Delusional ideation, cognitive processes and crime based reasoning
Abstract© 2017, PsychOpen. All rights reserved. Probabilistic reasoning biases have been widely associated with levels of delusional belief ideation (Galbraith, Manktelow, & Morris, 2010; Lincoln, Ziegler, Mehl, & Rief, 2010; Speechley, Whitman, & Woodward, 2010; White & Mansell, 2009), however, little research has focused on biases occurring during every day reasoning (Galbraith, Manktelow, & Morris, 2011), and moral and crime based reasoning (Wilkinson, Caulfield, & Jones, 2014; Wilkinson, Jones, & Caulfield, 2011). 235 participants were recruited across four experiments exploring crime based reasoning through different modalities and dual processing tasks. Study one explored delusional ideation when completing a visually presented crime based reasoning task. Study two explored the same task in an auditory presentation. Study three utilised a dual task paradigm to explore modality and executive functioning. Study four extended this paradigm to the auditory modality. The results indicated that modality and delusional ideation have a significant effect on individuals reasoning about violent and non-violent crime (p <.05), which could have implication for the presentation of evidence in applied setting such as the courtroom.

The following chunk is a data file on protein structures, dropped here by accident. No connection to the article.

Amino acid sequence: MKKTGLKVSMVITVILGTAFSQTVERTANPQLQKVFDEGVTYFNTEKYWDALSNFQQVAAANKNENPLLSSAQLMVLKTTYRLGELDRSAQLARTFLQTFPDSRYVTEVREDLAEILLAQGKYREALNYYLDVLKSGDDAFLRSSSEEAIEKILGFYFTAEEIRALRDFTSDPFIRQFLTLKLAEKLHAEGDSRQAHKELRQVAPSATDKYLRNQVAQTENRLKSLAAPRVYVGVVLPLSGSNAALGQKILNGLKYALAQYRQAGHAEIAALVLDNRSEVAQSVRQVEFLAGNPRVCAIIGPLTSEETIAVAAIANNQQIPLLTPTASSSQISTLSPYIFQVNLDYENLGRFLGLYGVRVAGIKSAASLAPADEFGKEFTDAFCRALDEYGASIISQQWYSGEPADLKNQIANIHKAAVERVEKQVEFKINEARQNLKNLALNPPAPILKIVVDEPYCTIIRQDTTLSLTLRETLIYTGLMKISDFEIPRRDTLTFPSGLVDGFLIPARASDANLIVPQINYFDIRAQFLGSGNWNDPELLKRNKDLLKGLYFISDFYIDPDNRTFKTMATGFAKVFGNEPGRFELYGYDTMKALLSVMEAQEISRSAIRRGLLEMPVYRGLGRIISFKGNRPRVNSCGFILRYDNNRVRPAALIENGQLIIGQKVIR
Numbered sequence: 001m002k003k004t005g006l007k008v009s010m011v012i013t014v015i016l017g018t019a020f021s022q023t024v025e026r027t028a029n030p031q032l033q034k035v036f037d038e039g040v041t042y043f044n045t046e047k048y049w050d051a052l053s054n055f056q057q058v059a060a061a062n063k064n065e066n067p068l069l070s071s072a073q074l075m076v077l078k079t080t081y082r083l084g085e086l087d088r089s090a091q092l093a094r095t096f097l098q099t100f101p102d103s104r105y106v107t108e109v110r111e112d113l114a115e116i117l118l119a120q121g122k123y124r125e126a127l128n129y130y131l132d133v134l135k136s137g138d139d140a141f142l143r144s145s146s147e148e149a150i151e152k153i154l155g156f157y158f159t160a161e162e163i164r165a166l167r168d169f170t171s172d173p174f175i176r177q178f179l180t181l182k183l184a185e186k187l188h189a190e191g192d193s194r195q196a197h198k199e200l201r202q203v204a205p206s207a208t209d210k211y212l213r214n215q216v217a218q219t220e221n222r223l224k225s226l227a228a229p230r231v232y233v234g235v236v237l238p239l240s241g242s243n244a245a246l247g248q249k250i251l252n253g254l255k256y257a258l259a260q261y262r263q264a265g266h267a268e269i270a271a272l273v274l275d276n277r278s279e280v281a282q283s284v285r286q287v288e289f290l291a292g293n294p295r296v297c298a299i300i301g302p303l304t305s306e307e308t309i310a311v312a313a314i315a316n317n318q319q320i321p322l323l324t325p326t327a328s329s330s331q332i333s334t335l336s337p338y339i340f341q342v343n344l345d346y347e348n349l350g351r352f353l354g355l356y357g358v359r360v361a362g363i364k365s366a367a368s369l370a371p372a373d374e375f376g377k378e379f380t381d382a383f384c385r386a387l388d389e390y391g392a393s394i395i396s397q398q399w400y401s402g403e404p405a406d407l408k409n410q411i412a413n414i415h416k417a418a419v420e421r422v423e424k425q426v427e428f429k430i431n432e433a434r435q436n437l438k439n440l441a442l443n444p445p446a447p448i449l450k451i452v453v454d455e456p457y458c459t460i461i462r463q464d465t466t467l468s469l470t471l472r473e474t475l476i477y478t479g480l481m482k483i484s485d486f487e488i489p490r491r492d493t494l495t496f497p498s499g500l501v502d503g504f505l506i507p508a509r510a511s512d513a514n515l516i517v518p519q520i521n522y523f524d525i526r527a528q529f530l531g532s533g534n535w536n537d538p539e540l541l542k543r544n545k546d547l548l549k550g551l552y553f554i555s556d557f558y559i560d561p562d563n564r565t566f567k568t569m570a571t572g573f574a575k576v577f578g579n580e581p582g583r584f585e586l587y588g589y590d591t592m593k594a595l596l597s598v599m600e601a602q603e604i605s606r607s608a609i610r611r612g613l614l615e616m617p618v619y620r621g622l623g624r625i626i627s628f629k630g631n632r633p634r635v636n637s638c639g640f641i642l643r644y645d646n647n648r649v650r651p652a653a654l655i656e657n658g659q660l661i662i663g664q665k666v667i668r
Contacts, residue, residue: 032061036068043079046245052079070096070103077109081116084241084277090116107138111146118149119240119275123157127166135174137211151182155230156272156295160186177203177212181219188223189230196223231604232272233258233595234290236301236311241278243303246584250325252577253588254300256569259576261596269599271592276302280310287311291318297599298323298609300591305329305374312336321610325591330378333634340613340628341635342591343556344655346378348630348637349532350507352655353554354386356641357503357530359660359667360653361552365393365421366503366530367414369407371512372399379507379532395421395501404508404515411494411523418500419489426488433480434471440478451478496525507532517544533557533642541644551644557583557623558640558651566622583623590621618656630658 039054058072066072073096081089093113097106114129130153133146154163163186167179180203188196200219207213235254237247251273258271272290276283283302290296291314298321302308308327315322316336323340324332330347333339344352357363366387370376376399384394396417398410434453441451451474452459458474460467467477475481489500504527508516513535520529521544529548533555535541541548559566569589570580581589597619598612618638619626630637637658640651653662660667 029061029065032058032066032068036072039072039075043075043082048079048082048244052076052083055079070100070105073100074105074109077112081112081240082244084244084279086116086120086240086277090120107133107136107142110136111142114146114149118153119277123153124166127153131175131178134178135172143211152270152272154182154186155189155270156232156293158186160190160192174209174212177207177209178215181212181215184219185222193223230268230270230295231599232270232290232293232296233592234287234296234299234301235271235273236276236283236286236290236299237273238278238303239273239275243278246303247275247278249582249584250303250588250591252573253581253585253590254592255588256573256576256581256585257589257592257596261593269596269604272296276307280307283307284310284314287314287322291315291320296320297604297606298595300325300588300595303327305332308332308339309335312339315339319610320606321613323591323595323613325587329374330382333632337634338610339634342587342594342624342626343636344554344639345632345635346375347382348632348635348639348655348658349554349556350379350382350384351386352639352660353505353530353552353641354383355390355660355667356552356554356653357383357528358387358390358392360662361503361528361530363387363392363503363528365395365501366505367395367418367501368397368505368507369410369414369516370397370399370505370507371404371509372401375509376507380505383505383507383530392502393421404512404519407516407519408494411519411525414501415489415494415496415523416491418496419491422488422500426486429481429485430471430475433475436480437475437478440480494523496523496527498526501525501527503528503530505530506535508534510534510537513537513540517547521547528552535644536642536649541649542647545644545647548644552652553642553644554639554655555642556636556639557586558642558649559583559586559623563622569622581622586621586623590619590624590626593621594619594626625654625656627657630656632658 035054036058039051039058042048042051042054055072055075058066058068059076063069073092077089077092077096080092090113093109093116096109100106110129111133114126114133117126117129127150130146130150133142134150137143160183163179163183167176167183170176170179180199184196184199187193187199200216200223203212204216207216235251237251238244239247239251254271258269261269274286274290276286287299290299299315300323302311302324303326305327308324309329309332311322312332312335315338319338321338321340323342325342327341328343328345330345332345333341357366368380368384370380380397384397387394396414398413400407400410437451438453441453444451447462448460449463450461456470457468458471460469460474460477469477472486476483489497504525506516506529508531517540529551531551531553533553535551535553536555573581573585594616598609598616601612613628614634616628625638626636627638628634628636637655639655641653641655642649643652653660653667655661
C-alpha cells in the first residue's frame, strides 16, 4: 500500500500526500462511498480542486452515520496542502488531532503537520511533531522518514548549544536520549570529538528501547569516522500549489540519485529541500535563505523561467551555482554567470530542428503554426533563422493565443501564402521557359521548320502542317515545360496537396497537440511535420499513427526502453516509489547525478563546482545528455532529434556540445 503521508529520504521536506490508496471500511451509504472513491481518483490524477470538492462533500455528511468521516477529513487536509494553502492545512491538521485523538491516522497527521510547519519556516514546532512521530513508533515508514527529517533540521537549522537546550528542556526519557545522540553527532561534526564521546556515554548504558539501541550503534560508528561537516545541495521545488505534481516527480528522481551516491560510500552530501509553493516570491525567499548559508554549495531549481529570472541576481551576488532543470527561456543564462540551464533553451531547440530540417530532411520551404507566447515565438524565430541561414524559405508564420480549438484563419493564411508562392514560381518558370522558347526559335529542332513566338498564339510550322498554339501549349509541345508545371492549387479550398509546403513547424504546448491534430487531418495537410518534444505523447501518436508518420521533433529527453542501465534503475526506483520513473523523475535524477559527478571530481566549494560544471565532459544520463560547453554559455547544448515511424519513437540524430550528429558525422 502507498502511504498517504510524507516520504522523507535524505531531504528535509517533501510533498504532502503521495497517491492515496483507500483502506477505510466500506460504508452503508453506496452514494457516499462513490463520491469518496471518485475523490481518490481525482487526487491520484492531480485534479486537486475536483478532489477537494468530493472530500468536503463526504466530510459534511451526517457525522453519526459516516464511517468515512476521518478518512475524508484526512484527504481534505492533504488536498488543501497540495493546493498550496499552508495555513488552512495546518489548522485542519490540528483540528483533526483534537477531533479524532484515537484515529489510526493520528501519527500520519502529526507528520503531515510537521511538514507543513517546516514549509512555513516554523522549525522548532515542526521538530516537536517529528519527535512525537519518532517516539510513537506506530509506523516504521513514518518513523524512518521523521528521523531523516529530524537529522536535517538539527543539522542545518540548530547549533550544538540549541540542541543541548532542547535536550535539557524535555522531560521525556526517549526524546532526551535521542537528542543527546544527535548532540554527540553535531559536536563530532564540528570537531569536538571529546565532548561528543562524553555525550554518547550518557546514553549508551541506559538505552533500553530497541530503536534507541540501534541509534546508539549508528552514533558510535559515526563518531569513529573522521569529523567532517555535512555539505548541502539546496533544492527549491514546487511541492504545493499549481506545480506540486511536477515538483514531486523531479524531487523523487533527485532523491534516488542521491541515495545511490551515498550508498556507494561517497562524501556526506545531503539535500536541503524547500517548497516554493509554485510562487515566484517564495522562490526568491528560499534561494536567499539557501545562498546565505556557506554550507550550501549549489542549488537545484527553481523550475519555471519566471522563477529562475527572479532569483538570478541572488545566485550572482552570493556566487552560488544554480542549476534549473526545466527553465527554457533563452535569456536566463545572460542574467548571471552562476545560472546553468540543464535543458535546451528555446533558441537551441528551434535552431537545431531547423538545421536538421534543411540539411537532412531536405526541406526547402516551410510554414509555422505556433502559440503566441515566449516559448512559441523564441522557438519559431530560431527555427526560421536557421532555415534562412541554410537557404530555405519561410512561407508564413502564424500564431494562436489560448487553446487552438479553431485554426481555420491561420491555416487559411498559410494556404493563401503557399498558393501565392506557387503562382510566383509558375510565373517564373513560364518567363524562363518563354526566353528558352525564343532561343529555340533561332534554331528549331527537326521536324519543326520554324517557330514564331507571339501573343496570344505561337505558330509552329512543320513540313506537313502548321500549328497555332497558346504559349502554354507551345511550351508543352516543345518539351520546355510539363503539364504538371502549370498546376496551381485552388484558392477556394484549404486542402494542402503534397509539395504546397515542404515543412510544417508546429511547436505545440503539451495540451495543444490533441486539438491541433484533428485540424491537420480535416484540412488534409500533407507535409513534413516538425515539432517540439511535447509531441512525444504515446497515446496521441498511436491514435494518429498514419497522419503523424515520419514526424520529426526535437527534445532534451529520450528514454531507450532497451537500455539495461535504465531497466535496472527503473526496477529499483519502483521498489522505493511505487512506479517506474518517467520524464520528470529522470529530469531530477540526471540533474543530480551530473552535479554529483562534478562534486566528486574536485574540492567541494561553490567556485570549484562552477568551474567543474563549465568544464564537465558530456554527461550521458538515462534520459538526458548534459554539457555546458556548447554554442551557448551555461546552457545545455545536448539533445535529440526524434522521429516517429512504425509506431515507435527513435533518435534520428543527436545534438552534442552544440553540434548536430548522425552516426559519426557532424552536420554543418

CitationWilkinson, D. J. and Caulfield, L. S. (2017) Delusional ideation, cognitive processes and crime based reasoning, Europe's Journal of Psychology, 13(3), 503–518. doi:10.5964/ejop.v13i3.1181
JournalEurope's Journal of Psychology
Except where otherwise noted, this item's license is described as Licence for published version: Creative Commons Attribution 4.0 International
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